For Alasdair Day, co-founder and master distiller at Isle of Raasay Distillery, the increase in energy prices comes at a time when the distillery’s costs are rising across the board. Day says its energy costs have soared by 30% in the past 12 months, while malted barley costs this year have climbed by more than 50%, with peated malted barley having an additional premium: “This and the increase in energy prices means that our production costs for a litre of alcohol have doubled. With whisky being a very long-term business, we have no option other than to absorb these costs in the short term, but inevitably the cost of a bottle of whisky in three to 10 years’ time will be more expensive as a result.”
Gareth Roberts, founder and director of Organic Architects in Helensburgh, who was involved with the Lindores Abbey and Ardnamurchan distilleries, says the most cost-effective option for a distiller looking to transition to more energy-efficient production methods is to replace equipment as it wears out: “However, it will take a long time to produce any significant effect on the cost per litre. Capital costs must be seen in the round, and any calculations must include the costs of building, so making fundamental changes can pile cost on top of cost.”
He also says this isn’t just about lowering costs. “The entire industry has no choice but to change away from fossil fuels, and there is increasing pressure on brands to be seen to be green,” he continues. “Given these pressures, it seems that many distillers will be forced to make significant investments over the next few years to reduce their environmental impact and benefit their brand, while eventually reducing production costs in the long run.”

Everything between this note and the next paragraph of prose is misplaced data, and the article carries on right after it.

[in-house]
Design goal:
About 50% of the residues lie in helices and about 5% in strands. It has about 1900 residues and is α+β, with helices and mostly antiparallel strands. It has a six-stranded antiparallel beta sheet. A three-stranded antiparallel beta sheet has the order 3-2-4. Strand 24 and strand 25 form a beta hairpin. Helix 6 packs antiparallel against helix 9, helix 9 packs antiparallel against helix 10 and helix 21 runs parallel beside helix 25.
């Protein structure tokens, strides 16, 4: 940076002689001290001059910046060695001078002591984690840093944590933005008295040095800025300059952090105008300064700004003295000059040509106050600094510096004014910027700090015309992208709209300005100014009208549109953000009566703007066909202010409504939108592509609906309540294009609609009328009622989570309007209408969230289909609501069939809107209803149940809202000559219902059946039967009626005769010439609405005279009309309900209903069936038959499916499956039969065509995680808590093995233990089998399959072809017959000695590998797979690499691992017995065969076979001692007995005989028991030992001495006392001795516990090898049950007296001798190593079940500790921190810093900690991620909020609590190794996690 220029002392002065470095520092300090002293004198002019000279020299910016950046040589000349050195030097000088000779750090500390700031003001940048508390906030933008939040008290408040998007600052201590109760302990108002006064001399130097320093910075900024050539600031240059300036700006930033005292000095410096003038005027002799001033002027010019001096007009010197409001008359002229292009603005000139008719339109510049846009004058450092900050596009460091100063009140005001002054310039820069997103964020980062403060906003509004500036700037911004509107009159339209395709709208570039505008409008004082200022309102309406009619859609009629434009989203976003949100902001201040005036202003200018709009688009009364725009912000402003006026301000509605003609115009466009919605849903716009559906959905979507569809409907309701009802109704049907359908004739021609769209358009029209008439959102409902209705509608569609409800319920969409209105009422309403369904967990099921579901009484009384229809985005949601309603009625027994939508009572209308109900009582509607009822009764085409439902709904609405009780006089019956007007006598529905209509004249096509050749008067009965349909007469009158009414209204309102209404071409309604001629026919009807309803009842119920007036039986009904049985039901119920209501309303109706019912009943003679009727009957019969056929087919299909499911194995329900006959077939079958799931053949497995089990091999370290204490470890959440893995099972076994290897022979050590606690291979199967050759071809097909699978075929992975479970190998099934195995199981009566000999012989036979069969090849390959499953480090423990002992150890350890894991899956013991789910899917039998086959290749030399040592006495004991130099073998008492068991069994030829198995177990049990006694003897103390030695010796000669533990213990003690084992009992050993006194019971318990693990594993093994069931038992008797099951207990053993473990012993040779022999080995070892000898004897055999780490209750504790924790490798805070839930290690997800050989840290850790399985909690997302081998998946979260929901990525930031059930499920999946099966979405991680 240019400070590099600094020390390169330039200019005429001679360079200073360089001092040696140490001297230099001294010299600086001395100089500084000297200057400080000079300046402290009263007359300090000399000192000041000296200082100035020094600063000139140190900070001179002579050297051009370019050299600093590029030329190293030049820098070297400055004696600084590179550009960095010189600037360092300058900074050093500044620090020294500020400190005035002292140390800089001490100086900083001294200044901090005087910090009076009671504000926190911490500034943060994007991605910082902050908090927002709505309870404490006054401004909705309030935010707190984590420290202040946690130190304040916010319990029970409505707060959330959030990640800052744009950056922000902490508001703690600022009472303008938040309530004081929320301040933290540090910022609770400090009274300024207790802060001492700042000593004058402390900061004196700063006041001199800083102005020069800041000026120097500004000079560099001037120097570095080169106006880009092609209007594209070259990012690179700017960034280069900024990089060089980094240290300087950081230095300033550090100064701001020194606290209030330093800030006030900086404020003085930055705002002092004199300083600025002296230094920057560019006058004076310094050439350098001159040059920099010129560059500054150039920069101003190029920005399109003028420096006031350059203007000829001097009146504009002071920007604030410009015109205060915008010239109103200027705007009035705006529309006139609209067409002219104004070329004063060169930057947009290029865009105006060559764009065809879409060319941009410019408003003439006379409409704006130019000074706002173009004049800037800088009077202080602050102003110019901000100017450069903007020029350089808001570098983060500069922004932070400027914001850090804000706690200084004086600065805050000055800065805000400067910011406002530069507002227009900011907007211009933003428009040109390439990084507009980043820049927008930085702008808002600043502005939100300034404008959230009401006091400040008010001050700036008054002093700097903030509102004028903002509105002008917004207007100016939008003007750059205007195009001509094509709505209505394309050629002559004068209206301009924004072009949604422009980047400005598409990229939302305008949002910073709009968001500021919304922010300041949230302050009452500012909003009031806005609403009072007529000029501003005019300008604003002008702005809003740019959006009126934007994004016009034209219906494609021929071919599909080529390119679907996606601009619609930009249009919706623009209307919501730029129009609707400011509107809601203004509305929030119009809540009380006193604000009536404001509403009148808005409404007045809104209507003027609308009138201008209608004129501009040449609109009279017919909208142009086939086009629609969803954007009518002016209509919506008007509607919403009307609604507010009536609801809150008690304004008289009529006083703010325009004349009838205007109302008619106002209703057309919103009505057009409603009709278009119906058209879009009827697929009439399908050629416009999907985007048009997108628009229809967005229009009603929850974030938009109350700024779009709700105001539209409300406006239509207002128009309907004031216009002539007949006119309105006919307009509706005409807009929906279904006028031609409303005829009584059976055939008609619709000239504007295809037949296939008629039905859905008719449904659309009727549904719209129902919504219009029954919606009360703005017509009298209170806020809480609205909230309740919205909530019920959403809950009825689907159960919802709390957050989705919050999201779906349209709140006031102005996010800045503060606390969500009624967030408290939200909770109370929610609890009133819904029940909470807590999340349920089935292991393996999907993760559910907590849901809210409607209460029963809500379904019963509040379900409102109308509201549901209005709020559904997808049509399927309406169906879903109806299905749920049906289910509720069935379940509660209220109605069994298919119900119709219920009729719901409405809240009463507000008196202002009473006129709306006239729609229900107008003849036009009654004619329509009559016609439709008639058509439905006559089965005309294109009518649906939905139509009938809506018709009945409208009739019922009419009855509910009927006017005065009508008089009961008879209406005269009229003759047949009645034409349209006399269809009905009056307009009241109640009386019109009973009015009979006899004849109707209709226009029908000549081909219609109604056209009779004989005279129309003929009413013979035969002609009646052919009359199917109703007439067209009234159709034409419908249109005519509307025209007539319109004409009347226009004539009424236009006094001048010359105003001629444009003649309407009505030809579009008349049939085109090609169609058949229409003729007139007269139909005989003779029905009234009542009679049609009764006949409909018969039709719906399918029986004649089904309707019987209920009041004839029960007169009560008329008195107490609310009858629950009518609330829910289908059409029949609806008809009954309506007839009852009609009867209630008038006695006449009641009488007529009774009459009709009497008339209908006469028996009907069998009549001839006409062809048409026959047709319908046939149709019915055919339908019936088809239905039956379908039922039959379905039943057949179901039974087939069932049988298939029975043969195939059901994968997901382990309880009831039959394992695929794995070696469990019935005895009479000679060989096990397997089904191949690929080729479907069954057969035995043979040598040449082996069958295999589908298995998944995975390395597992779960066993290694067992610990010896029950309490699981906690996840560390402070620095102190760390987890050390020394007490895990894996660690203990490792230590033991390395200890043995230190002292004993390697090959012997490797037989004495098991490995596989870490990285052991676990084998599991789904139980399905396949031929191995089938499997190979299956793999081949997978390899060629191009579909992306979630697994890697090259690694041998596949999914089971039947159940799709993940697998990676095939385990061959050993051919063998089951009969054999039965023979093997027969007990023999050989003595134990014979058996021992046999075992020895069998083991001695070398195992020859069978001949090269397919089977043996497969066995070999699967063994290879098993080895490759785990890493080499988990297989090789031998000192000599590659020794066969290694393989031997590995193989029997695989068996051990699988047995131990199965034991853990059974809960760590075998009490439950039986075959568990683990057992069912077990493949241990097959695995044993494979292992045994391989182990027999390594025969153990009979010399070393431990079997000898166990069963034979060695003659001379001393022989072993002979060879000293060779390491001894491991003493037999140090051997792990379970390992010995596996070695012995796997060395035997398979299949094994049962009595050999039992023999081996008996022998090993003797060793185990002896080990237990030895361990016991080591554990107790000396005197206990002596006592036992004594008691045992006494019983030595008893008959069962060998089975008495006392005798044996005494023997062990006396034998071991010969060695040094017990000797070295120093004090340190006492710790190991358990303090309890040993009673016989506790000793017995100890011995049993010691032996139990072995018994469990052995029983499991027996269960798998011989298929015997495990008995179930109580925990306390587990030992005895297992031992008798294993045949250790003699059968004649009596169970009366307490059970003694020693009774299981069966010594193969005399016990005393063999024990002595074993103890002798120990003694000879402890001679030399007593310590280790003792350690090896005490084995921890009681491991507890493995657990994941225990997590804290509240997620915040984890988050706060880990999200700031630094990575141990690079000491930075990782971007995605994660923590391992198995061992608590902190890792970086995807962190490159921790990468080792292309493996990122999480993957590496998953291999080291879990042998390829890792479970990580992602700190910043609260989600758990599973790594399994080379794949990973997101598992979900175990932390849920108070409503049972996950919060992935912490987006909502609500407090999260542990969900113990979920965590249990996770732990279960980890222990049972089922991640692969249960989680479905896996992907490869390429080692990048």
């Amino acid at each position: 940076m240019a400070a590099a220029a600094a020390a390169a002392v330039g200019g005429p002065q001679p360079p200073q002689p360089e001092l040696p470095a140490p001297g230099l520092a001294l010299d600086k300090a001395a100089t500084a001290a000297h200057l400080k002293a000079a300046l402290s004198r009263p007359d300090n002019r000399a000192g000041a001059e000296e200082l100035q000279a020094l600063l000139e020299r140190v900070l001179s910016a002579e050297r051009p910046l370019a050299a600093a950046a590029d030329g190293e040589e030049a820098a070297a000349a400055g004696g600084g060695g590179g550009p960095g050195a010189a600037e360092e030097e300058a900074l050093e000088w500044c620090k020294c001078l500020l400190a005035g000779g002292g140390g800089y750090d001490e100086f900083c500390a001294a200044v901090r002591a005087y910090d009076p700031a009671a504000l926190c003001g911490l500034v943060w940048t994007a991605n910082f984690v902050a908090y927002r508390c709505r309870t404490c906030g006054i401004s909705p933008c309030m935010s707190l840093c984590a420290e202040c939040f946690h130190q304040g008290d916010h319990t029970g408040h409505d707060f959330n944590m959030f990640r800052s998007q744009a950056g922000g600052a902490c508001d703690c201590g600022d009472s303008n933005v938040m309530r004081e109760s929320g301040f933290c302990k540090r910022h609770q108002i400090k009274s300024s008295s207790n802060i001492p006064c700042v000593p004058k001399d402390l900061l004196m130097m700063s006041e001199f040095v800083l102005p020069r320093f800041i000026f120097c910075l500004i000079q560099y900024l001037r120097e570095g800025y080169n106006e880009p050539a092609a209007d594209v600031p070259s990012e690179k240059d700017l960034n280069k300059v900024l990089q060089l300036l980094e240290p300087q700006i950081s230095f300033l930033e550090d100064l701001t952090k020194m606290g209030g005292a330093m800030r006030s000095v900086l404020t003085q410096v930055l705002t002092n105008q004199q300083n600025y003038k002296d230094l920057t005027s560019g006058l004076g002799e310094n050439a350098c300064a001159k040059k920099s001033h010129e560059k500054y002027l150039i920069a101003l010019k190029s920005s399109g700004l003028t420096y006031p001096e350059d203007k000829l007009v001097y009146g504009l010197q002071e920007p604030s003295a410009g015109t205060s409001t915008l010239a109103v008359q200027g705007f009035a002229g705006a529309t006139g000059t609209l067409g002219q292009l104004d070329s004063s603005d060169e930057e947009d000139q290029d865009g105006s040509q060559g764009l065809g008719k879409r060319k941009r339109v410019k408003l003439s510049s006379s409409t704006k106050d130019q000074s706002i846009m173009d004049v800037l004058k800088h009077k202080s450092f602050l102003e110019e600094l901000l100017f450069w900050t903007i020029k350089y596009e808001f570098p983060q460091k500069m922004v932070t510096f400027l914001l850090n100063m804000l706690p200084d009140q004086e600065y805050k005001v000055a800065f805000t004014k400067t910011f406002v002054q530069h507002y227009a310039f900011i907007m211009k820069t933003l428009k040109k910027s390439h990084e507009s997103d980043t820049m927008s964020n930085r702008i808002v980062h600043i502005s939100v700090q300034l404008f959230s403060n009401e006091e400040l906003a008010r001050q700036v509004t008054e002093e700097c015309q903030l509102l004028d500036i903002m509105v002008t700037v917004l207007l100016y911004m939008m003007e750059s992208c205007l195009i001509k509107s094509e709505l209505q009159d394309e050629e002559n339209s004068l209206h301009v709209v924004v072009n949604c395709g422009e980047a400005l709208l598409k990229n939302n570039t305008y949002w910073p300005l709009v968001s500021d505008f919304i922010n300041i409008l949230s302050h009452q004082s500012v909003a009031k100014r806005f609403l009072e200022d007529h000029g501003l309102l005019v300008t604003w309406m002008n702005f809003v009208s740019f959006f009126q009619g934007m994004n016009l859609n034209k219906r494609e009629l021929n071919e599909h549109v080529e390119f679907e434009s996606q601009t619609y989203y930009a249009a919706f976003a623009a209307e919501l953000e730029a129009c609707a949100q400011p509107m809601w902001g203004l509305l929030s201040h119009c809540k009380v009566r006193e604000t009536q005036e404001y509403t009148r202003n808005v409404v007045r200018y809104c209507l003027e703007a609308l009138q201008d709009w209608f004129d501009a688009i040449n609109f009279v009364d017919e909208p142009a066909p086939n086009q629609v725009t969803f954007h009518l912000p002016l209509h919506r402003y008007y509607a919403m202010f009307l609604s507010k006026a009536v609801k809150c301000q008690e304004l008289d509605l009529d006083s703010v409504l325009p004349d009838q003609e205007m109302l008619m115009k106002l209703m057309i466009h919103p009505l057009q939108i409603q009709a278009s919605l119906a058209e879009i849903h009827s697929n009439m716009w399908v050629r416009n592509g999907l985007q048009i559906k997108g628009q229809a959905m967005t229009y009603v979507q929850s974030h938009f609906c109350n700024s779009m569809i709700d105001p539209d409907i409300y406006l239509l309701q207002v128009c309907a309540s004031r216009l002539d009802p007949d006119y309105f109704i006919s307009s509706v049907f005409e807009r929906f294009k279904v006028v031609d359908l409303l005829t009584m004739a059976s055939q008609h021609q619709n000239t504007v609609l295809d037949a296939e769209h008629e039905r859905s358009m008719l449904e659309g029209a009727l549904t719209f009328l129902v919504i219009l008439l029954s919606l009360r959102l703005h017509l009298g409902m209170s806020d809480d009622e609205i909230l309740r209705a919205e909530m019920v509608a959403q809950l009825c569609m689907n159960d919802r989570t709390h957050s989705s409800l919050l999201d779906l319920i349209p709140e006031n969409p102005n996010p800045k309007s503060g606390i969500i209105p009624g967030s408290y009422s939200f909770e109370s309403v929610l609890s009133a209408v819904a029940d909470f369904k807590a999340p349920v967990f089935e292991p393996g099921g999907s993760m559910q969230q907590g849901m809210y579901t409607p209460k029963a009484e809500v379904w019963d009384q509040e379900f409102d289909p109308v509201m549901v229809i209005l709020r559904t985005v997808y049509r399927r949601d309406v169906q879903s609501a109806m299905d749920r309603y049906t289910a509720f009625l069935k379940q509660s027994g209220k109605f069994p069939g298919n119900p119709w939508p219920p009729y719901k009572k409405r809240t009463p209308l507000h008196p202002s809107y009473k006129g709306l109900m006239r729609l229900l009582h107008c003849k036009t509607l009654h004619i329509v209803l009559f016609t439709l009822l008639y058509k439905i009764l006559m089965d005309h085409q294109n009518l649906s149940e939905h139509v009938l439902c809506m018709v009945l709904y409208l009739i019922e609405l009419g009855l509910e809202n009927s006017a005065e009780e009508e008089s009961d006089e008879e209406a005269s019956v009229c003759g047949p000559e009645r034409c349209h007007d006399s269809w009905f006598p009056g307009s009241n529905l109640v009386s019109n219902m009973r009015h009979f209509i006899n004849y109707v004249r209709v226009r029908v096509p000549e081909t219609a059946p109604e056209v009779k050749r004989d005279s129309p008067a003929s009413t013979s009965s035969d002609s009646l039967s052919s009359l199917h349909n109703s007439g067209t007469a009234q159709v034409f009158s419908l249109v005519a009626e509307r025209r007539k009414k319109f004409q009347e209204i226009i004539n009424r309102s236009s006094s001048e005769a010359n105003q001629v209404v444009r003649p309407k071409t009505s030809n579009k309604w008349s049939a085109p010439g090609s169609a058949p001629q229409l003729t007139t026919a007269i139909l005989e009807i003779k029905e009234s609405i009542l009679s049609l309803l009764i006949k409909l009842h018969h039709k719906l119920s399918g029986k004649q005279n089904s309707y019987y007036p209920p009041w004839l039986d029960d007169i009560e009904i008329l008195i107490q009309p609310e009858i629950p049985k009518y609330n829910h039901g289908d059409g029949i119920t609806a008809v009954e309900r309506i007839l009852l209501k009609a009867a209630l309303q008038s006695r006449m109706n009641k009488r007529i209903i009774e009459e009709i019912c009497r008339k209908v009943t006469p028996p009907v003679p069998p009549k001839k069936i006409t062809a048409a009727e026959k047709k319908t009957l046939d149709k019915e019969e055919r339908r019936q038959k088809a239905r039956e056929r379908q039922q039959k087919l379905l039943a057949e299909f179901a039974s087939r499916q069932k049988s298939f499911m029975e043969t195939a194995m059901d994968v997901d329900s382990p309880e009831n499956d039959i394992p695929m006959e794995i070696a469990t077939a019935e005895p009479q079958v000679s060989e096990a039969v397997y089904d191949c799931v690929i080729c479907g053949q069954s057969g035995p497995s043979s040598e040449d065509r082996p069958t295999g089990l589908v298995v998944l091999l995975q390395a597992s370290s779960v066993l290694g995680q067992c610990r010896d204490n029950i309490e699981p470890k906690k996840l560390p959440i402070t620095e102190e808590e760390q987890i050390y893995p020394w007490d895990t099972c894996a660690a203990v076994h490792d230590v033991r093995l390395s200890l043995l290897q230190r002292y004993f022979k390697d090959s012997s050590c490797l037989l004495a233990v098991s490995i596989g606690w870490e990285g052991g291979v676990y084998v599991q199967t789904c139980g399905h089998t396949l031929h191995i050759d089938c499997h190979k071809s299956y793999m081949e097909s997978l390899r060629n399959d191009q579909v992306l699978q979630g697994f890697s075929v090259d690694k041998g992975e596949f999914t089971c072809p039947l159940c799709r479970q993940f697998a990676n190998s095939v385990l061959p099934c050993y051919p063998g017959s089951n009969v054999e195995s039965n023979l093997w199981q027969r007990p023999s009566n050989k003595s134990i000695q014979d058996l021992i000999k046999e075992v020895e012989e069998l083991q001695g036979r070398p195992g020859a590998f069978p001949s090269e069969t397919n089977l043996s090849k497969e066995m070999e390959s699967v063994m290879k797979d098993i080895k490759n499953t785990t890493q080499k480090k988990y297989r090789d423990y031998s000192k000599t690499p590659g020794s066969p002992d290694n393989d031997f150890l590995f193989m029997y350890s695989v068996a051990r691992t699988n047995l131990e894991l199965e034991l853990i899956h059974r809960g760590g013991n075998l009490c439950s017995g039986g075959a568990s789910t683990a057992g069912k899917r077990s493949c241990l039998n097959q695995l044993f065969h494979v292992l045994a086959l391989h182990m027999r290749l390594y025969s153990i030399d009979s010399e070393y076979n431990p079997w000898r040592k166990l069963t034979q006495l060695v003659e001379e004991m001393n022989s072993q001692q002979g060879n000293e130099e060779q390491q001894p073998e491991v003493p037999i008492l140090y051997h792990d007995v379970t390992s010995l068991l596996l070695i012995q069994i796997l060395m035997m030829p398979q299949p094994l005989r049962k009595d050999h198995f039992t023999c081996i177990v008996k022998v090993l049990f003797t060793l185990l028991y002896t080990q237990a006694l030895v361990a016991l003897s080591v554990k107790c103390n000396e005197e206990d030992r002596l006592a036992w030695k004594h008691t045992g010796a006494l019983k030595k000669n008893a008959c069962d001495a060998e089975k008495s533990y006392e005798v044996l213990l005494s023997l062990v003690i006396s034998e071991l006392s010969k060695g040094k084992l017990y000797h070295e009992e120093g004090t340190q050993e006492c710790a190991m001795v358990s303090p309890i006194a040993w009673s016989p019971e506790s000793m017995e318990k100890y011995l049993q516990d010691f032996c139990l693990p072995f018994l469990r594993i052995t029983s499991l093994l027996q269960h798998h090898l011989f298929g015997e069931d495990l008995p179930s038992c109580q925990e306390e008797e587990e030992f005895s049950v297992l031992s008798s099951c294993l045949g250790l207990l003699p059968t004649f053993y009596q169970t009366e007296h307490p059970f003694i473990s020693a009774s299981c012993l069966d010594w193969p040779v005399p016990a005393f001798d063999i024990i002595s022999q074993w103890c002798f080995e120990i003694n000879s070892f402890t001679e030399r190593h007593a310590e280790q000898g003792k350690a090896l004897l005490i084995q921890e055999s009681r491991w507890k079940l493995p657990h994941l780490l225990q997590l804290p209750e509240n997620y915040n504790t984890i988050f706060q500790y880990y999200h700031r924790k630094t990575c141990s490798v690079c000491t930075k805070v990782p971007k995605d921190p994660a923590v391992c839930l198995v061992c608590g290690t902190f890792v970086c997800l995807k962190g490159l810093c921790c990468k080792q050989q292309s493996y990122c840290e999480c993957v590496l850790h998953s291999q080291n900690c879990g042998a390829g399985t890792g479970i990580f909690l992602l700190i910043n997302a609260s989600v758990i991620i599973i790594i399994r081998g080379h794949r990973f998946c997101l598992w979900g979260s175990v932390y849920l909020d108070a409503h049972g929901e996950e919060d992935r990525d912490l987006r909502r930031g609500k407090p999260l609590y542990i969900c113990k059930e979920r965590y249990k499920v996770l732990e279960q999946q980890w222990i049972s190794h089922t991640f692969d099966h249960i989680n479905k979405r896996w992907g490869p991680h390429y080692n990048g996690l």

The long run
It is, after all, an industry that operates on the long run. Whisky producers think in decades, and even distilleries that have existed for a century can still adapt and evolve. Glentauchers in Speyside was established in 1898, but in more recent times was the site of a modern experiment by its owner, Chivas Brothers. State-of-the-art heat-recovery technologies, including mechanical vapour recompression and thermo vapour recompression, were developed at the distillery to capture and recycle heat generated in the distillation process that would otherwise go to waste. These innovations have reduced total energy consumption by 48%, cutting the site’s total carbon emissions by 53% as a result. This represents an energy-saving equivalent to powering 4,979 average UK homes for a year. Chivas Brothers released all of the data from this project so other distillers could benefit from its experience.
Jean-Etienne Gourgues, CEO and chairman of Chivas Brothers, says the decision to release this information was about ensuring the best possible future for the industry: “We recognised that findings from these processes stood to benefit our industry at large, which is why we made our engineering findings open source in July 2023, enabling other producers to consider the use of such technologies in their own operations.
“We firmly believe in these technologies. However, we must recognise that they come at a cost to implement – requiring not only downtime in operations, but considerable upfront expenditure. It’s these pressures – to pursue a green agenda, and continue to produce whisky at scale to meet growing consumer demand – that we must balance at the industry level.”